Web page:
Do you ever dream of moving to the country? You know, grow your own food in the garden, maybe raise a few chickens and goats.
Kirsten and Christopher Shockey moved to Southern Oregon's Applegate Valley to do just that: they wanted a humble homesteader life. And along the way, they became pioneers in a global fermented foods movement, with their newest book, "Miso, Tempeh, Natto & Other Tasty Ferments: A Step-by-Step Guide to Fermenting Grains and Beans," due out June 25.
Like other homesteaders, the Shockeys’ day generally begins with a trip to their garden, where every morning seems to deliver a delicious surprise.
“Oh my gosh, so good,” says Kirsten, popping a radish seed pod in her mouth and handing several to Christopher.
“They’re super peppery,” he replies after trying one. And then another. And then another. “I’m going to have to stop eating them.”
“Yeah, you are,” she laughs.
While others might only harvest what they can eat while it’s fresh, the Shockeys have another goal in mind: fermentation. They pick the pods and a basket full of basil and head back to the commercial kitchen on the ground floor of their house. Setting their haul on the table, they break out bowls and salt. Because fermentation always begins with salt.
“Give me a nice sprinkle,” says Christopher, as Kirsten pours a quarter cup or so of salt on the basil and he starts to rub it in. “So this is the magic. We’re going to take a whole bowl of basil and massage that salt in. It’s pretty amazing: out of basil you can get that much brine coming out of there,” he says, squeezing a handful of leaves and watching the green brine run through his fingers.
They pack the basil and brine into a jar and put it in the pantry, where it joins shelves and shelves of colorful, bubbling brews. Fennel, leeks, rhubarb, rutabaga. Chances are if it grows in a garden, they’ve tried to ferment it.
But what, exactly, is fermentation?
It’s an ancient form of pickling, where instead of adding vinegar, you get the microbes that naturally occur on the veggies to do the preservation work for you. This is how Christopher explains it in classes for kids: “we’re going to use microbes — little, teeny, tiny guys; guys that you can’t even see — and their job is to eat the sugars, and they’re going to make lactic acid, which is that sour taste that you taste, and they’re going to fart CO2. And then usually the kids are like, ‘Oh, my God, is it going be smelly?’ It’s like, ‘Yeah, it’s microbe farts!’”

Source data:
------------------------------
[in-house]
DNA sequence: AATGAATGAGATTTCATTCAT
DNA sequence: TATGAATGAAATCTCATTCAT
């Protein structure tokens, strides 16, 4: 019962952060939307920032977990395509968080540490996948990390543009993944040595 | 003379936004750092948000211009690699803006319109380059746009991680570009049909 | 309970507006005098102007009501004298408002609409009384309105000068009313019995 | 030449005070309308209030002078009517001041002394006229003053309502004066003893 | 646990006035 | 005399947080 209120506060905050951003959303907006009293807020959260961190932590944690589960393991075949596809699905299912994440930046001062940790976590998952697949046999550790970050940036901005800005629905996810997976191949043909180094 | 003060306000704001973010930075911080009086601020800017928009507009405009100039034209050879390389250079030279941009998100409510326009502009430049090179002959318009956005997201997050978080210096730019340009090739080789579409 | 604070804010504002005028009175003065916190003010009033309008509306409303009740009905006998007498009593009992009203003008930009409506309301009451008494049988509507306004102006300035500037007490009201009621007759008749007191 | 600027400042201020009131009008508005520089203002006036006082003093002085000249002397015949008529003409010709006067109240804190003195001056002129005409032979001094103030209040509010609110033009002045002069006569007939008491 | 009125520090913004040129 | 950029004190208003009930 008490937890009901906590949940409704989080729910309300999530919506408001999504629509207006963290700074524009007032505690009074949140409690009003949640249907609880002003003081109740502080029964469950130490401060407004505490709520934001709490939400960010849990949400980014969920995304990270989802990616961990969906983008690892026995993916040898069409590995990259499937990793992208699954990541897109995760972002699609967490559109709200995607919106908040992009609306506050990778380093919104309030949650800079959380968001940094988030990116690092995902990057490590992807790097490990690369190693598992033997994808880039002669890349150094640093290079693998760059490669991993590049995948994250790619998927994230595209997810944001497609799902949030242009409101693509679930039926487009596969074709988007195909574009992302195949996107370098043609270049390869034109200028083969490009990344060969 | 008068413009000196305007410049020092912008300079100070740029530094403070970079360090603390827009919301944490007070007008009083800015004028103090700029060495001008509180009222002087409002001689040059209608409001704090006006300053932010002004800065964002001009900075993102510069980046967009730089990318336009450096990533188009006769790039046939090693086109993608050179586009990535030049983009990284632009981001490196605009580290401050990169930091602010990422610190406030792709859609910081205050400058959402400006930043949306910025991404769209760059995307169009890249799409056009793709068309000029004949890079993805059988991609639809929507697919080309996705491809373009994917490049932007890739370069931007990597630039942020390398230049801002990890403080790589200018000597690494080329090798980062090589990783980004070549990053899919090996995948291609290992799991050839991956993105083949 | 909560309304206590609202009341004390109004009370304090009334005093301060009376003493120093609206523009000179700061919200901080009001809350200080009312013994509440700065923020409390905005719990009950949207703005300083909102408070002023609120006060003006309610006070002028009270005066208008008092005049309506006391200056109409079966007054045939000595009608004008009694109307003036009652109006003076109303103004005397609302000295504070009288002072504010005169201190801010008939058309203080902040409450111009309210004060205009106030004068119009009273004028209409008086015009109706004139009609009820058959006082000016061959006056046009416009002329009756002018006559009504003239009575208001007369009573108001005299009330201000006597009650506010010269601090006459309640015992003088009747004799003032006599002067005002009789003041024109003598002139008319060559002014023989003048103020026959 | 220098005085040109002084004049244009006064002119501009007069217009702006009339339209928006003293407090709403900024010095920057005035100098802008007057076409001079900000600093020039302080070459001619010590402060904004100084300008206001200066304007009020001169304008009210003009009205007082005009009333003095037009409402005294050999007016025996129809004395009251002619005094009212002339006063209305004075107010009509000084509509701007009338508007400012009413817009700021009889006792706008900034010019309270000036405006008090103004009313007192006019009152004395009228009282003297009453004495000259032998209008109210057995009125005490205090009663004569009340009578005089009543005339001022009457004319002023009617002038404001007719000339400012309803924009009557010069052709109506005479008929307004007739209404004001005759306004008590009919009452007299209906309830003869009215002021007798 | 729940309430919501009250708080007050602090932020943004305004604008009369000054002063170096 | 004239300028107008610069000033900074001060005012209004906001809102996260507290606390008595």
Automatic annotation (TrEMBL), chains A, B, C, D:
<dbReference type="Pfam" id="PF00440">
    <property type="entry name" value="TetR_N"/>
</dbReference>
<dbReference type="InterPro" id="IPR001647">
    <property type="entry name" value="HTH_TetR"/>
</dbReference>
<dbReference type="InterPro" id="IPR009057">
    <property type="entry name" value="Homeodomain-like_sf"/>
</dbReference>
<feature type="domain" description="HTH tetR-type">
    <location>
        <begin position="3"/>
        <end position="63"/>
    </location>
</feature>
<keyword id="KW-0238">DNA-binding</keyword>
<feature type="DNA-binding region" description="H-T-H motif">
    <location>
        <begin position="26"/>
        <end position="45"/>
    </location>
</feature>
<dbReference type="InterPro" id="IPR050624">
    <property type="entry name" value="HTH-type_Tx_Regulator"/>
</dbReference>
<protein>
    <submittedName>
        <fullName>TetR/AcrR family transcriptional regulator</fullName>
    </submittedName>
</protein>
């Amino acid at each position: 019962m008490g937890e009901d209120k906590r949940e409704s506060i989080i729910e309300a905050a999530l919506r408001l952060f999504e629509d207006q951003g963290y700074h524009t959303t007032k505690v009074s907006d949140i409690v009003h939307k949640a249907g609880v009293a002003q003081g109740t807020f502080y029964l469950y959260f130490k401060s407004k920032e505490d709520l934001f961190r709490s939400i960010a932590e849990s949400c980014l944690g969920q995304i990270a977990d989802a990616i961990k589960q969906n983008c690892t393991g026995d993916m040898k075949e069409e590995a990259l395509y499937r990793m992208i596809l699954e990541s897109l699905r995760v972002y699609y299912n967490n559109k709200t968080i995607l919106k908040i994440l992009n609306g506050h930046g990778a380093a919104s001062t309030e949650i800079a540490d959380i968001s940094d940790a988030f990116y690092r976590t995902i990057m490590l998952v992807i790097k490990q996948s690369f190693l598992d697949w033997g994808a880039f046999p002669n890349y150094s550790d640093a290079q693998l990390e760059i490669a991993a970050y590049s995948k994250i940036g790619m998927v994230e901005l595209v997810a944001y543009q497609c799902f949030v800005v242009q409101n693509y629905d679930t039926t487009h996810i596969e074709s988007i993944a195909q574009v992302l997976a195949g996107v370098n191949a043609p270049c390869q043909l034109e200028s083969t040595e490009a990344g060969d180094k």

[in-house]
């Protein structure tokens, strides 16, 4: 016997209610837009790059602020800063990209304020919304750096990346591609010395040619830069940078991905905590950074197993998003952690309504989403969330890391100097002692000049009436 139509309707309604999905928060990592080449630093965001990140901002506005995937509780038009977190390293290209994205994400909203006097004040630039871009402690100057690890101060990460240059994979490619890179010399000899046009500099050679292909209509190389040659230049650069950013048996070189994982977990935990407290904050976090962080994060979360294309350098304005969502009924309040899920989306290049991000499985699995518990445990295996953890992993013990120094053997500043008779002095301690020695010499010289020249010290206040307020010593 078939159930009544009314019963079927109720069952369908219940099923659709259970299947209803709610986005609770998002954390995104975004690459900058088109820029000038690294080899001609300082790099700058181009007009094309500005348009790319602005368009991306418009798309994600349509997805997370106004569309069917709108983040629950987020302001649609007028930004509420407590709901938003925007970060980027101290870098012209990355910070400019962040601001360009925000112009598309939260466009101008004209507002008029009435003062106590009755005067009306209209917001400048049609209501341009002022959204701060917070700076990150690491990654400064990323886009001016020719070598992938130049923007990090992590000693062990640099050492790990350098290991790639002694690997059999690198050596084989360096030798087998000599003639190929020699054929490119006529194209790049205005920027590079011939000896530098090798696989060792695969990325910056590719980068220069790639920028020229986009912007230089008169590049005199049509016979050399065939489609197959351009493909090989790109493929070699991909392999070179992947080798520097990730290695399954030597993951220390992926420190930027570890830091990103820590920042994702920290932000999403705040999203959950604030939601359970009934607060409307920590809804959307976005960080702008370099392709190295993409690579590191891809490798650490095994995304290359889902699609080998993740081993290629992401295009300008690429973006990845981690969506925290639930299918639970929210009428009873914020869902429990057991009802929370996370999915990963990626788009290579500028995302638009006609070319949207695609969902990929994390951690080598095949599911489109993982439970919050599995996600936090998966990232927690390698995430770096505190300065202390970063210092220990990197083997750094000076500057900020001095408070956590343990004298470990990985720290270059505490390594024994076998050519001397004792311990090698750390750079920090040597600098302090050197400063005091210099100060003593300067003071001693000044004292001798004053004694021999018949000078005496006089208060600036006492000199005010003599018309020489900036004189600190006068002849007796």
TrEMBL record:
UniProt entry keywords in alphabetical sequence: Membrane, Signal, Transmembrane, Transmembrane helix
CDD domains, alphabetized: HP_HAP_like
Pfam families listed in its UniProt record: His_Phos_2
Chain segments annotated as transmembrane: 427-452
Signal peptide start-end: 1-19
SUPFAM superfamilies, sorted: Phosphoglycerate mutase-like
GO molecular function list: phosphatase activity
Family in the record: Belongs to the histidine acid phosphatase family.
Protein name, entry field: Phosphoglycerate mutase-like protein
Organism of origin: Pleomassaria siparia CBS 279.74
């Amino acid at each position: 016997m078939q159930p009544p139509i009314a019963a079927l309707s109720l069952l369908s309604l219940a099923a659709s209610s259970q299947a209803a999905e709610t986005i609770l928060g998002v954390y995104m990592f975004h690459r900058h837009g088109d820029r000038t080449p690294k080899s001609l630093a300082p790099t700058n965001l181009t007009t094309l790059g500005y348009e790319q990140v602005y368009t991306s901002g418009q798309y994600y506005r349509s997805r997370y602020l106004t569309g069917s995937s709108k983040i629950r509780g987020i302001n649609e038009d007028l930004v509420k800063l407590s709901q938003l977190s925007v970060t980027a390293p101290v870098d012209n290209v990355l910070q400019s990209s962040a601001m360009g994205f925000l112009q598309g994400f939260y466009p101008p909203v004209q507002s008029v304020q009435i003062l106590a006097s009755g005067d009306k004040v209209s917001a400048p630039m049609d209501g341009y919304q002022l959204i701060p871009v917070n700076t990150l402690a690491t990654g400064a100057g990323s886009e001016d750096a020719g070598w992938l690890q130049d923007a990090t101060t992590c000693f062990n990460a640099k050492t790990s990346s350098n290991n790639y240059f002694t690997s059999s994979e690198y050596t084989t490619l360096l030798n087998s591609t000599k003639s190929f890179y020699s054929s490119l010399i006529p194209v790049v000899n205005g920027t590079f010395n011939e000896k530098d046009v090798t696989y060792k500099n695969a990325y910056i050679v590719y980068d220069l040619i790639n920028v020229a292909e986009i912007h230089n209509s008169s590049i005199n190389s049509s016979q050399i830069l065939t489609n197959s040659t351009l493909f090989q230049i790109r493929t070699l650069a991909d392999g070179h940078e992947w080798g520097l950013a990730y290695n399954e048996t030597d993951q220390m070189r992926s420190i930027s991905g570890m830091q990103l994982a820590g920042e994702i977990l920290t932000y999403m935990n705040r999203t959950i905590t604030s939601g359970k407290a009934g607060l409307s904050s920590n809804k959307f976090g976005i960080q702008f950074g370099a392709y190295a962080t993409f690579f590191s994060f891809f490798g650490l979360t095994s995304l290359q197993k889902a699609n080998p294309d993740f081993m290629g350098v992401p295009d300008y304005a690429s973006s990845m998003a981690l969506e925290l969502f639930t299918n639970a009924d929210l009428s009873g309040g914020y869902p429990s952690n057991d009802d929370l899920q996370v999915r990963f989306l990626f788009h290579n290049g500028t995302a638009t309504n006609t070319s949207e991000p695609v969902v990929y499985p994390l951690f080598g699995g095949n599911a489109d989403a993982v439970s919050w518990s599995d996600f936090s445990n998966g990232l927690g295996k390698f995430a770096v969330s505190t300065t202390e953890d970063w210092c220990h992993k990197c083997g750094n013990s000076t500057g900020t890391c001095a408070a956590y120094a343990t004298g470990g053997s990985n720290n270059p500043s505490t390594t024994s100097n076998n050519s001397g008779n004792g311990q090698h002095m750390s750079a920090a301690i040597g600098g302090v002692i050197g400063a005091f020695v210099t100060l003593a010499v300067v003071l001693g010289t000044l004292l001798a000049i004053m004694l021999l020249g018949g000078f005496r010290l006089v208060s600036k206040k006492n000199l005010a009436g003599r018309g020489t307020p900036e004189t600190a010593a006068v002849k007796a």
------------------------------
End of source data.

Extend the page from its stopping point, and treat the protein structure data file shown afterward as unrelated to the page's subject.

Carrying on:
It might be smelly, but as the Shockeys like to point out, it’s also good for you. Scientists are finding that the microbes themselves, called probiotics, are beneficial, and as they break down the food, they add extra vitamins. And, unlike freezing or drying, fermenting preserves the volatile oils that hold in flavor.
“So it’s like you’re taking the smell on this harvest of right now,” says Kirsten as she points to the basil, “and you’re going to capture it in that jar.”
The Shockeys didn’t set out to be mad culinary scientists. They originally moved from Corvallis to Oregon's Applegate Valley in 1998 in search of a simpler life.
“Especially as the kids were starting to grow, I just wanted them to be grounded,” Kirsten says. “I wanted them to have a connection with the land, and I wanted them, more than anything, to know where their food came from.”
The idea was to get their 40-acre homestead to pay for itself, which turned out easier said than done. Their first thought was a vineyard, but everyone else was doing it. Then they decided to make cider, but it was going to take years for the apple trees to mature. So they tried a dairy, but they couldn’t grow enough fodder to make it sustainable.